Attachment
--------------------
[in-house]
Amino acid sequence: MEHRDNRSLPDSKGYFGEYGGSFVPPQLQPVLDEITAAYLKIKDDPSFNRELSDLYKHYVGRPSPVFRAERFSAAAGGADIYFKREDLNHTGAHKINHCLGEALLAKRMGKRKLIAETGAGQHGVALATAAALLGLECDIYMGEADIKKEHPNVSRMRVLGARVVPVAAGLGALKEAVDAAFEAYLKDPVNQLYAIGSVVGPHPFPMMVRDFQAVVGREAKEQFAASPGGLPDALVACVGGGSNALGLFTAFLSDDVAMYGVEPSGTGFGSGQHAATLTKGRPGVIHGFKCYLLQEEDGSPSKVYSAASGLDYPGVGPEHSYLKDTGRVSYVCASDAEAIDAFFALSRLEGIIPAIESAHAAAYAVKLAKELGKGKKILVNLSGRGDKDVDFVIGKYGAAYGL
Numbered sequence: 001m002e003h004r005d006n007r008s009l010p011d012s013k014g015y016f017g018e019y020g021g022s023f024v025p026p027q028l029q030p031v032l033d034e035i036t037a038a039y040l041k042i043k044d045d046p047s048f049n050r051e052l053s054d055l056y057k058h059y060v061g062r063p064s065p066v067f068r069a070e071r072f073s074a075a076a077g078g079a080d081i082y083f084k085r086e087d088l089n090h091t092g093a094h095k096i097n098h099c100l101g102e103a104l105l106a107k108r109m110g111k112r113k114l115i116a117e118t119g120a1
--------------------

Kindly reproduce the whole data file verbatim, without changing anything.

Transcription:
[in-house]
Amino acid sequence: MEHRDNRSLPDSKGYFGEYGGSFVPPQLQPVLDEITAAYLKIKDDPSFNRELSDLYKHYVGRPSPVFRAERFSAAAGGADIYFKREDLNHTGAHKINHCLGEALLAKRMGKRKLIAETGAGQHGVALATAAALLGLECDIYMGEADIKKEHPNVSRMRVLGARVVPVAAGLGALKEAVDAAFEAYLKDPVNQLYAIGSVVGPHPFPMMVRDFQAVVGREAKEQFAASPGGLPDALVACVGGGSNALGLFTAFLSDDVAMYGVEPSGTGFGSGQHAATLTKGRPGVIHGFKCYLLQEEDGSPSKVYSAASGLDYPGVGPEHSYLKDTGRVSYVCASDAEAIDAFFALSRLEGIIPAIESAHAAAYAVKLAKELGKGKKILVNLSGRGDKDVDFVIGKYGAAYGL
Numbered sequence: 001m002e003h004r005d006n007r008s009l010p011d012s013k014g015y016f017g018e019y020g021g022s023f024v025p026p027q028l029q030p031v032l033d034e035i036t037a038a039y040l041k042i043k044d045d046p047s048f049n050r051e052l053s054d055l056y057k058h059y060v061g062r063p064s065p066v067f068r069a070e071r072f073s074a075a076a077g078g079a080d081i082y083f084k085r086e087d088l089n090h091t092g093a094h095k096i097n098h099c100l101g102e103a104l105l106a107k108r109m110g111k112r113k114l115i116a117e118t119g120a1